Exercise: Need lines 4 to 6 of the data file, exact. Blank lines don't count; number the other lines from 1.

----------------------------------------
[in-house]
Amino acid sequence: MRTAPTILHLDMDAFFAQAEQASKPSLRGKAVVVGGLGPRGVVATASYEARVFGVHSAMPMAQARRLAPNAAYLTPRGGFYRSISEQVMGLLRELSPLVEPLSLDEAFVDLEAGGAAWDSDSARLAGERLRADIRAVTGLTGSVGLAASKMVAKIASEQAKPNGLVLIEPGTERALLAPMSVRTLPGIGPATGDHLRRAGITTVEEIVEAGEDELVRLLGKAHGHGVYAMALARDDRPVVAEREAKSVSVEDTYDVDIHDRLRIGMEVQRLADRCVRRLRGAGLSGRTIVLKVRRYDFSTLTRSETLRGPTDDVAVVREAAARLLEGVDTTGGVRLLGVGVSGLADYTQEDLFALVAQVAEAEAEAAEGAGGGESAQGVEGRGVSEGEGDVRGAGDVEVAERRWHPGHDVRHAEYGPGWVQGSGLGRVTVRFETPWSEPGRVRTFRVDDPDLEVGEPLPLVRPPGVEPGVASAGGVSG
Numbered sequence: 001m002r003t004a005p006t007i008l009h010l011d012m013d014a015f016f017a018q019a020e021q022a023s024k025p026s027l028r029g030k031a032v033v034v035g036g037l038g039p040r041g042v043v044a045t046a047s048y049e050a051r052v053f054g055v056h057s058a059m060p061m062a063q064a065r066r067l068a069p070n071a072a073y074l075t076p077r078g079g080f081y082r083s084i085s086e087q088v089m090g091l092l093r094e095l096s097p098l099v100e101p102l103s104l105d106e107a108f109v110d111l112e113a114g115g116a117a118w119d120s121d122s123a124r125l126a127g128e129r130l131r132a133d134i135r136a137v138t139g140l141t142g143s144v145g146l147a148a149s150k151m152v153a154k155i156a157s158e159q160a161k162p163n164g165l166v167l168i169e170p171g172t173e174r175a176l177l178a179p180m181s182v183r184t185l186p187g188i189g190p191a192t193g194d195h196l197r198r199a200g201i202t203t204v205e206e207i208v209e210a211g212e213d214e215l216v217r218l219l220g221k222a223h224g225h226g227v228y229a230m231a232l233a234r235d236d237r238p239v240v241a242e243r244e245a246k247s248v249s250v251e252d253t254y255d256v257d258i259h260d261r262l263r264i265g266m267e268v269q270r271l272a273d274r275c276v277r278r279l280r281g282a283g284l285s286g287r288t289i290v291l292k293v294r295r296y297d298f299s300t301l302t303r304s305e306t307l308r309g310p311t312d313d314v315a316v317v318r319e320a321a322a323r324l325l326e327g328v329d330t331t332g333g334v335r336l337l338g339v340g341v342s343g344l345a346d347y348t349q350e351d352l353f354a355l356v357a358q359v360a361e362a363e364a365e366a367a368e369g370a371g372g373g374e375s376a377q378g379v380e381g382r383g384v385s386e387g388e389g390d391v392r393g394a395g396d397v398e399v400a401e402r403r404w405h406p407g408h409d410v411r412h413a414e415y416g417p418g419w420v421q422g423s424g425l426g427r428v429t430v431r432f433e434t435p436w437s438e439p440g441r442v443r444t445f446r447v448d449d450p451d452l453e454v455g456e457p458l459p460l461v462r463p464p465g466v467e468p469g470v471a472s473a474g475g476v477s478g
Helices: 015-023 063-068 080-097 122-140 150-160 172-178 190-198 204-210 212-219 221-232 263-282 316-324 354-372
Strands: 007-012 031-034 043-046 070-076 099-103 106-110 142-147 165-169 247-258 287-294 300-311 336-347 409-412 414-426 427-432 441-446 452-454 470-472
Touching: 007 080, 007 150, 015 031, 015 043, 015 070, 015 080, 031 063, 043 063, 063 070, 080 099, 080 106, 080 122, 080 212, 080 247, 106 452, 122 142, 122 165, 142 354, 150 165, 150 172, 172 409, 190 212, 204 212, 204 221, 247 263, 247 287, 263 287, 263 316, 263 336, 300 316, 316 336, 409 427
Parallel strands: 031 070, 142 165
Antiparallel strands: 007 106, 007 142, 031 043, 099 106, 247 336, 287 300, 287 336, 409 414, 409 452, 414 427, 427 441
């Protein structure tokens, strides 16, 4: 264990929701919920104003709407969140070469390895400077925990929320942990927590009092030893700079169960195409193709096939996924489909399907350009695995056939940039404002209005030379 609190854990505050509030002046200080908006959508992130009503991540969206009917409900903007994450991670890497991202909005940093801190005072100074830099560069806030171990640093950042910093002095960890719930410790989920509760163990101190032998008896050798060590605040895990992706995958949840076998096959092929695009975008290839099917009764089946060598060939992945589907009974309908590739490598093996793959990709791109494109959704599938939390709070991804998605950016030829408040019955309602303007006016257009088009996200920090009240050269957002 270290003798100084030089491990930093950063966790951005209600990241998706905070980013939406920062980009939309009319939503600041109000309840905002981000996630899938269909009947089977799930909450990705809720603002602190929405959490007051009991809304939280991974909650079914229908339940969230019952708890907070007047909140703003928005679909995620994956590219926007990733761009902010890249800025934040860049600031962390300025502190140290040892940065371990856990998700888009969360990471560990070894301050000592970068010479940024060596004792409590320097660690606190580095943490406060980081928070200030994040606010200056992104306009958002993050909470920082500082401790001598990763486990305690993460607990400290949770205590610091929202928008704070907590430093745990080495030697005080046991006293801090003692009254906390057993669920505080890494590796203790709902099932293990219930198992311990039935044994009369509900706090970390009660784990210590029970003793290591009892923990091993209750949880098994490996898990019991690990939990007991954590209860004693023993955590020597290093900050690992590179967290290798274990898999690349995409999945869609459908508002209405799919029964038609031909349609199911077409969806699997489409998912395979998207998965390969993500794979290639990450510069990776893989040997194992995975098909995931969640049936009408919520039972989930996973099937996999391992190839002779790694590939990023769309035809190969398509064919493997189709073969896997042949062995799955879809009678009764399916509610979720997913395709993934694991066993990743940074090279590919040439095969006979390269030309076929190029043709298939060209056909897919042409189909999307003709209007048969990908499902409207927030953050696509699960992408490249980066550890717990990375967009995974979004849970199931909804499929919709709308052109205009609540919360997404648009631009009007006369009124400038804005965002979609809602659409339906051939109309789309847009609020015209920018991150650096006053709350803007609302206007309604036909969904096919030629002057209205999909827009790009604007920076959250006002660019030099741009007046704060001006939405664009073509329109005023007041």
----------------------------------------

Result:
Helices: 015-023 063-068 080-097 122-140 150-160 172-178 190-198 204-210 212-219 221-232 263-282 316-324 354-372
Strands: 007-012 031-034 043-046 070-076 099-103 106-110 142-147 165-169 247-258 287-294 300-311 336-347 409-412 414-426 427-432 441-446 452-454 470-472
Touching: 007 080, 007 150, 015 031, 015 043, 015 070, 015 080, 031 063, 043 063, 063 070, 080 099, 080 106, 080 122, 080 212, 080 247, 106 452, 122 142, 122 165, 142 354, 150 165, 150 172, 172 409, 190 212, 204 212, 204 221, 247 263, 247 287, 263 287, 263 316, 263 336, 300 316, 316 336, 409 427